Table 1 shows the characteristics of nine patients with SSc with lung fibrosis. The patients comprised one man and eight women, with a median age of 58 years (range 41–67). No patients had histories of occupational inhalation of dust. No patients showed digital clubbing. In auscultatory findings, inspiratory fine crackles in the back lower lung fields were seen in all patients. In four patients the diagnosis was made by open lung biopsy. In the other five patients, pathological classification was performed in lung specimens obtained at necropsy.
Table 1 also shows the predominant HRCT features of the nine patients. In four patients apparent honeycomb formation was seen. In one patient micro-honeycomb formation was seen. In the remaining four patients honeycomb formation was not seen with HRCT.
Histologically, four patients were diagnosed with UIP, three with NSIP group II, one with NSIP group II–III, and one with NSIP group II with diffuse alveolar damage (table 1). The patient with diffuse alveolar damage also had the complication of massive bronchopneumonia during the period on a ventilator. Therefore, we believe that this infection reflects the pathological finding of diffuse alveolar damage.
There was no apparent honeycomb formation on HRCT in five patients diagnosed with NSIP (table l). Figure 1 shows chest computed tomography finding of patient 1 who was diagnosed with NSIP group II. Interstitial and patchy parenchymal opacifications in both lungs were seen, predominantly in the middle and lower lung zones. Scattered ground glass opacities were also the most common manifestation. However, there were no apparent honeycomb formations.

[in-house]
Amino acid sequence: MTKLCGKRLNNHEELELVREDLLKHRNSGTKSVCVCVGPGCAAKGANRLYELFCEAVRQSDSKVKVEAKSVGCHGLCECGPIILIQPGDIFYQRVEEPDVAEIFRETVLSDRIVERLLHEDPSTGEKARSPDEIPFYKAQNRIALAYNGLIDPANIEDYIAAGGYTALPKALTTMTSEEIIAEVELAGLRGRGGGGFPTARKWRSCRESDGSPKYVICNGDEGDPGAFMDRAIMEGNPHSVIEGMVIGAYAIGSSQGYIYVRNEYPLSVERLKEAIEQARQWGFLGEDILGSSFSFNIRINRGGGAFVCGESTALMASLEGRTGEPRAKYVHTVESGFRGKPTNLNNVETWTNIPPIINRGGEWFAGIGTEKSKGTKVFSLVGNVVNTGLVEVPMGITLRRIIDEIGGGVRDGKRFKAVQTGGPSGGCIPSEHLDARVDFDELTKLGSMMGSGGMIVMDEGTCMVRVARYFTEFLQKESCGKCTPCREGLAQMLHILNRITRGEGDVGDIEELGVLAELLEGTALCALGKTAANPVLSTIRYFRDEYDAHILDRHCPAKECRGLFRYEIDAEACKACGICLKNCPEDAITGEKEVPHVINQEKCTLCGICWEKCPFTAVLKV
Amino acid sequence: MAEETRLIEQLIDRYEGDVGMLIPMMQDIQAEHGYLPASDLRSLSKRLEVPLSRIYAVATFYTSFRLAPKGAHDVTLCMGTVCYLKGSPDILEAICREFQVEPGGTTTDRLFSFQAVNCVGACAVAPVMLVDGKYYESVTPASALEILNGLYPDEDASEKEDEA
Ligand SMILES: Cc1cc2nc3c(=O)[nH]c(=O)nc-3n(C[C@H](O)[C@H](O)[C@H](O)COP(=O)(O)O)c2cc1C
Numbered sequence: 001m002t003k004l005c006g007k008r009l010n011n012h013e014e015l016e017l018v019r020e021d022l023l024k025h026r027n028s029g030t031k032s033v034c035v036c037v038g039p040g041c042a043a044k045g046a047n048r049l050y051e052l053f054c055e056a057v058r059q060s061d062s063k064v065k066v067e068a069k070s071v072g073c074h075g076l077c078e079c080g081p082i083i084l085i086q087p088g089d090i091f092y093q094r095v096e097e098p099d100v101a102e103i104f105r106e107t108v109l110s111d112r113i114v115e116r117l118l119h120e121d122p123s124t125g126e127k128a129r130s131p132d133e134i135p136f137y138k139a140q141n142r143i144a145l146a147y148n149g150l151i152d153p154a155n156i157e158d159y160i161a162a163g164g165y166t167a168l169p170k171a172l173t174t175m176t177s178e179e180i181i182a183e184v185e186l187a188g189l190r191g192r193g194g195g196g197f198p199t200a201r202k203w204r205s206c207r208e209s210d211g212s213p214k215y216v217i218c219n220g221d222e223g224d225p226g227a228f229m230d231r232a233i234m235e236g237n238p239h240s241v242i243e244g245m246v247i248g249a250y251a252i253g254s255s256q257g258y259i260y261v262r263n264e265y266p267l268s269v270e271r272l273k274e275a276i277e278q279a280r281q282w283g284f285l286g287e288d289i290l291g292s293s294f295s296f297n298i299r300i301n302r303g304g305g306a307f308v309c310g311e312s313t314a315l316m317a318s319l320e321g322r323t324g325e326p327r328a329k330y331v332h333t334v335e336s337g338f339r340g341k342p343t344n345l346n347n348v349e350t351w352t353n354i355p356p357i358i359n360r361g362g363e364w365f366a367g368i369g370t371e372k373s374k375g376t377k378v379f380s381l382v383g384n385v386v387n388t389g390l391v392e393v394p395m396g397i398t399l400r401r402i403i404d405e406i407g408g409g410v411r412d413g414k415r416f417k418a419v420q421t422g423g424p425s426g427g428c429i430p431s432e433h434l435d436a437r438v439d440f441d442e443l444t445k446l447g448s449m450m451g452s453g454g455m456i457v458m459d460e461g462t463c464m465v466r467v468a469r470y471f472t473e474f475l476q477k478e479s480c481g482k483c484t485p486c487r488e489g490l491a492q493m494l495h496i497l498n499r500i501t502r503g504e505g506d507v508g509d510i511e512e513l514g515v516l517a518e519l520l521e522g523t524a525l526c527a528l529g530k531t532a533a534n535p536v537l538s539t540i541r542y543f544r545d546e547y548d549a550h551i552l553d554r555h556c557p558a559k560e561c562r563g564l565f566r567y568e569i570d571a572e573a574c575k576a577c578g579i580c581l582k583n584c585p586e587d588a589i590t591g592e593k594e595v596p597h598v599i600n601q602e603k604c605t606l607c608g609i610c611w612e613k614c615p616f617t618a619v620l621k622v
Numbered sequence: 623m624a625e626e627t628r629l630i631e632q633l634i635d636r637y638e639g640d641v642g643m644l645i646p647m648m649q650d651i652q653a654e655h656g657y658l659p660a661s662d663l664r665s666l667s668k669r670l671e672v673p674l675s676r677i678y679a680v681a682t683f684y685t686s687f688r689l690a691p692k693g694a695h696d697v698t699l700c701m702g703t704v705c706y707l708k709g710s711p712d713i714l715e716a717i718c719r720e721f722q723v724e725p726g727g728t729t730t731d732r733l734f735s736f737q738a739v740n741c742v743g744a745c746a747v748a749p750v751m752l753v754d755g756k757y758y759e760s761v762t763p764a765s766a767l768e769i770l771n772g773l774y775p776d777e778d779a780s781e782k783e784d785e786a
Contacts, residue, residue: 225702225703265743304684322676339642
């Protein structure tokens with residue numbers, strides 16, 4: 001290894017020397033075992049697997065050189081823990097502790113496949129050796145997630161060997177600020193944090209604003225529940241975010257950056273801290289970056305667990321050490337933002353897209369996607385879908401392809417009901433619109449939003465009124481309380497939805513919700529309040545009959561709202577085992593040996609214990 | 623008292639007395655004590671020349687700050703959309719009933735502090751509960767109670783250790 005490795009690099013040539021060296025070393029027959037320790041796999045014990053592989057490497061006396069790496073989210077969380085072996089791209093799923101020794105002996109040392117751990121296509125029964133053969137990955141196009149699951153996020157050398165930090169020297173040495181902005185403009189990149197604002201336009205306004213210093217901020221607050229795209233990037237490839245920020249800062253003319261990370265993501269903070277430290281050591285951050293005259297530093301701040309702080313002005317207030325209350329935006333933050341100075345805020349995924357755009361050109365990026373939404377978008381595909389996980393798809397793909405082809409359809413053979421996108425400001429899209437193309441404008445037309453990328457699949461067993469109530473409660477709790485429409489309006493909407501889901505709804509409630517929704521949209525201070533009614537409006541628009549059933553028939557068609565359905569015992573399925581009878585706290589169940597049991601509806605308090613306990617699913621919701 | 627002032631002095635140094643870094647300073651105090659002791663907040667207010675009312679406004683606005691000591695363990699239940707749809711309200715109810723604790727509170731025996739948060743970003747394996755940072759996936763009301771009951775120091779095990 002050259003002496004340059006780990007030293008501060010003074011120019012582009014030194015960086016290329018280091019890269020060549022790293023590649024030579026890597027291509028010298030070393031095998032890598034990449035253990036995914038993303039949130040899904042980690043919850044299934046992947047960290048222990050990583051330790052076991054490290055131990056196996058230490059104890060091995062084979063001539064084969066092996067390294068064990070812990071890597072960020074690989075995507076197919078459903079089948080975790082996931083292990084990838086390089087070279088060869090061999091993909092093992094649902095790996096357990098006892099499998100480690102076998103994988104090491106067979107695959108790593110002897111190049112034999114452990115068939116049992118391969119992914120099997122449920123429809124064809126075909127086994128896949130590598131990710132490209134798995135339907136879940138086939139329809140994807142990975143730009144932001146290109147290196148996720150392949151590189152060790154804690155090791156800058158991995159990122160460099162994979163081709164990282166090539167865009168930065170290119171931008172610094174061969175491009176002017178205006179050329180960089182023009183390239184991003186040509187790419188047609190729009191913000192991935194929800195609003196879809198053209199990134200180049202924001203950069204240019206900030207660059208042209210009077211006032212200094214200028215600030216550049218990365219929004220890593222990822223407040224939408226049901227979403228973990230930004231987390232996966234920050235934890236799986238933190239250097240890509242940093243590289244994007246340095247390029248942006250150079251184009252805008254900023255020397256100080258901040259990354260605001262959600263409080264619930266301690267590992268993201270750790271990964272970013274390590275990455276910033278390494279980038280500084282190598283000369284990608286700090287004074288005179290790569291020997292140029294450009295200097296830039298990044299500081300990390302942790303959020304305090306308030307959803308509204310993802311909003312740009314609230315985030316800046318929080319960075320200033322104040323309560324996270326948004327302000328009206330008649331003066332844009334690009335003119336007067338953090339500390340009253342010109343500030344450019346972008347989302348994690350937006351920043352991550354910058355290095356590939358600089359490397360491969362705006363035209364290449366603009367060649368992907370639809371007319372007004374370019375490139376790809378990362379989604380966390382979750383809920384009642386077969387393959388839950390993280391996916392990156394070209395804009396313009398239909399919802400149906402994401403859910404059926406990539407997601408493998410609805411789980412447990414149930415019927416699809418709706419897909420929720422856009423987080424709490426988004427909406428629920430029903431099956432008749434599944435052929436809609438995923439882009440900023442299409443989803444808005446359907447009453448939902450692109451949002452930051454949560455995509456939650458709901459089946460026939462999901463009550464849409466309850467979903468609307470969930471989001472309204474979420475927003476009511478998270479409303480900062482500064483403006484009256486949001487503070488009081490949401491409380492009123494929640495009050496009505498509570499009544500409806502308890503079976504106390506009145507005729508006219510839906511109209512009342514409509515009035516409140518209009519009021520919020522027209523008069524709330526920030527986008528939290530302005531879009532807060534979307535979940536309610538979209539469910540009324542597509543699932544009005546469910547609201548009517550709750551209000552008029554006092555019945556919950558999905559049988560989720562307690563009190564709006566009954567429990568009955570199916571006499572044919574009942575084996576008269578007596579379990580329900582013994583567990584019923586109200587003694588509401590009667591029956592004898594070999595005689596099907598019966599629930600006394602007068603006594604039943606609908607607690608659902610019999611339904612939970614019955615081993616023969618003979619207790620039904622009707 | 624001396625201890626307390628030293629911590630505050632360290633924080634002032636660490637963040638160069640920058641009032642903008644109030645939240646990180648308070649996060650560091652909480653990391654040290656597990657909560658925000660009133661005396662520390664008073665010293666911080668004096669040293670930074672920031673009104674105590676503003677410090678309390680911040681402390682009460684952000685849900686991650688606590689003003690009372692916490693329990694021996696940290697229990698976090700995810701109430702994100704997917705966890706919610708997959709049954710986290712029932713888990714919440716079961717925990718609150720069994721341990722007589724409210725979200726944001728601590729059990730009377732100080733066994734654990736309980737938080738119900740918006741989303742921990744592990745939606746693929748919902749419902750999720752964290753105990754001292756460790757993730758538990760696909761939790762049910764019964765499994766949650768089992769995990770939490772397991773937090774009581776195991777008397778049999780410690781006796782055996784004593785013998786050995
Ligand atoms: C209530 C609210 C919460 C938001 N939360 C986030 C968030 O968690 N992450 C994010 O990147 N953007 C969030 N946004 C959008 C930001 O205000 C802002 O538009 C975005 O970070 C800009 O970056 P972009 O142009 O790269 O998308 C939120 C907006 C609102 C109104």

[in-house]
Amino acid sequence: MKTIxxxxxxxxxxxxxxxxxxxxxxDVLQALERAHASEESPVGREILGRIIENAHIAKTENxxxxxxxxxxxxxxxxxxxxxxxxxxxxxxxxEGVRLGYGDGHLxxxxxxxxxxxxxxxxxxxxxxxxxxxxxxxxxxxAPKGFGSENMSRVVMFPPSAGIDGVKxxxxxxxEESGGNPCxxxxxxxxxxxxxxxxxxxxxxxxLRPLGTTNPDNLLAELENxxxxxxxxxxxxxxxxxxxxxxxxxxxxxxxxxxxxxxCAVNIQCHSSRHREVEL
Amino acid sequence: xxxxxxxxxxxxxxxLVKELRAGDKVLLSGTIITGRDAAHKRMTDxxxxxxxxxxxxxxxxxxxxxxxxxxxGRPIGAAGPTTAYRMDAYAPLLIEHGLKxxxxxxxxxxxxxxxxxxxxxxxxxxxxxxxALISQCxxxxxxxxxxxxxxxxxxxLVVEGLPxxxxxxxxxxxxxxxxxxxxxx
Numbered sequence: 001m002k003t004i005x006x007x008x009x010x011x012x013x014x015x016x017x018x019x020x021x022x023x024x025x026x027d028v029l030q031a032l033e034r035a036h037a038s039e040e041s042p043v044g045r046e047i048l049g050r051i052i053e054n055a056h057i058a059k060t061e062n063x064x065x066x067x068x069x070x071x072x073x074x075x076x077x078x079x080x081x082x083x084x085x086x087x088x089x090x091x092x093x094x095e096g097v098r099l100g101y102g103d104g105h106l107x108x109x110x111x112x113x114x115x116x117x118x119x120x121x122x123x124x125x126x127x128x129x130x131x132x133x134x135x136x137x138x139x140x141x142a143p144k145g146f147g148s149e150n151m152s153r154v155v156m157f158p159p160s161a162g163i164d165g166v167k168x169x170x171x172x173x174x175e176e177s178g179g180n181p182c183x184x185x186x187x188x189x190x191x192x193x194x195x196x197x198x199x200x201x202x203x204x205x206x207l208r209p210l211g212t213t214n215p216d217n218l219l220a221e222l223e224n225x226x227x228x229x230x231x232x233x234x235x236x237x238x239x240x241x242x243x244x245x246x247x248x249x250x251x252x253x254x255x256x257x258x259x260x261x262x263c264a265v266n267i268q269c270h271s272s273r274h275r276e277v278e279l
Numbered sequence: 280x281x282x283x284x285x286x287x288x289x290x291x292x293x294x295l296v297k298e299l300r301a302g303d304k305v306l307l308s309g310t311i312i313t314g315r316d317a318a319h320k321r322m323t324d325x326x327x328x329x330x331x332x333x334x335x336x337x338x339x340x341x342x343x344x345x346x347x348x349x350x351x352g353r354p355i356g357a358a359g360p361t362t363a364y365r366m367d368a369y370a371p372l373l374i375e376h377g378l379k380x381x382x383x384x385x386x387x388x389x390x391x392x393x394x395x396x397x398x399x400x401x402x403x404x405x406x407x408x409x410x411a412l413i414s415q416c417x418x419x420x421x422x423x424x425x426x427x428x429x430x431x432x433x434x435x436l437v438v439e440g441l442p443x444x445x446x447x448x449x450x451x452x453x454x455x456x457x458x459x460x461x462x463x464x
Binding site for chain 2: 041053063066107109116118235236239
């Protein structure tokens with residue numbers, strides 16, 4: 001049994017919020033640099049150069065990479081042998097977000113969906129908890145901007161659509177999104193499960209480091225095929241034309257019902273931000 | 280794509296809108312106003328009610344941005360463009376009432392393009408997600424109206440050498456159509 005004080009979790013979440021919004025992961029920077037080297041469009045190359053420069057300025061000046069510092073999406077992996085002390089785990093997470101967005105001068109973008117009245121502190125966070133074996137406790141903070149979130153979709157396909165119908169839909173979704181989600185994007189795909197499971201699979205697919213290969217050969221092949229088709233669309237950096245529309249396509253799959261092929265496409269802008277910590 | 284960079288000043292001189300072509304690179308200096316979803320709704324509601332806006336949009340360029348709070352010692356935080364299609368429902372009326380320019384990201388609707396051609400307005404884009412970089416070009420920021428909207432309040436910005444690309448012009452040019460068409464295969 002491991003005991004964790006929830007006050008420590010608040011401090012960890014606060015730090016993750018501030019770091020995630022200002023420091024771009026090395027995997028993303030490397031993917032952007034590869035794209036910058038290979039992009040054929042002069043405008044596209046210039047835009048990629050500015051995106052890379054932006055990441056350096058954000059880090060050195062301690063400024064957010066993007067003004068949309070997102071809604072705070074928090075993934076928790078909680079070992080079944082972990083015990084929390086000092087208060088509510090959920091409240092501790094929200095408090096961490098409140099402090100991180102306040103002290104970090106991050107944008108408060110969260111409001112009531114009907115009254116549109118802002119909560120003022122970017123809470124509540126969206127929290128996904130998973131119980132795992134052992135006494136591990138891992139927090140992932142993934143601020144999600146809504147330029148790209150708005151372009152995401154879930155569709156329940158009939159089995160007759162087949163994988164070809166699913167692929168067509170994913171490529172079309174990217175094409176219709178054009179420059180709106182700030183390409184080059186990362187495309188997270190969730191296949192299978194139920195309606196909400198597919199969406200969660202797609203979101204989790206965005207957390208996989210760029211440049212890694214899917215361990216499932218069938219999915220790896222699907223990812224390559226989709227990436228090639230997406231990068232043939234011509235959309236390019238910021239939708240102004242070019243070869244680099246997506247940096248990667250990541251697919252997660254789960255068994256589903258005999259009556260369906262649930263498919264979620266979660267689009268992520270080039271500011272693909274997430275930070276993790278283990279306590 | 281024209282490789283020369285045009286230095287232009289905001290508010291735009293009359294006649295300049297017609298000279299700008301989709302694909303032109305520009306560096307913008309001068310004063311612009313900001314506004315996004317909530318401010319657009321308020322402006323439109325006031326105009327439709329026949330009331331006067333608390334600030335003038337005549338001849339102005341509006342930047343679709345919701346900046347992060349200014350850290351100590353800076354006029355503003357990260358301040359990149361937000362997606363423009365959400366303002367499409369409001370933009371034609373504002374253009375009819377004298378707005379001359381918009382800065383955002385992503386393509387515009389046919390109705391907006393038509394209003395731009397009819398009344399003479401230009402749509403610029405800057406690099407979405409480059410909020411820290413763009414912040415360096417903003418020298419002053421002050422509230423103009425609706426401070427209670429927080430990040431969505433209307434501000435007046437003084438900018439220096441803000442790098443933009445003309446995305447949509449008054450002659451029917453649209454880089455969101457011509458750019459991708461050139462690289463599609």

A lung biopsy specimen obtained from patient 1 showed diffuse alveolar inflammation and abundant Masson's body formation in the alveolar spaces (fig 2).
In this study we demonstrate pathological features of nine patients with SSc with lung fibrosis, and this is the first report to show that in half the cases the lung fibrosis associated with SSc was NSIP.
NSIP was first described by Katzenstein and Fiorelli in 1994.6 In addition, Bjoraker et al reported that patients with UIP have worse survival than patients with other types of idiopathic chronic interstitial pneumonias, including NSIP.13 NSIP is not likely to be a single clinicopathological entity, and Katzenstein and Fiorelli found that 16% of patients had an associated collagen vascular disease, 17% had a history of inhalational exposure to noxious agents, and 8% had a history of recent surgery, severe pneumonia, or adult respiratory distress syndrome.6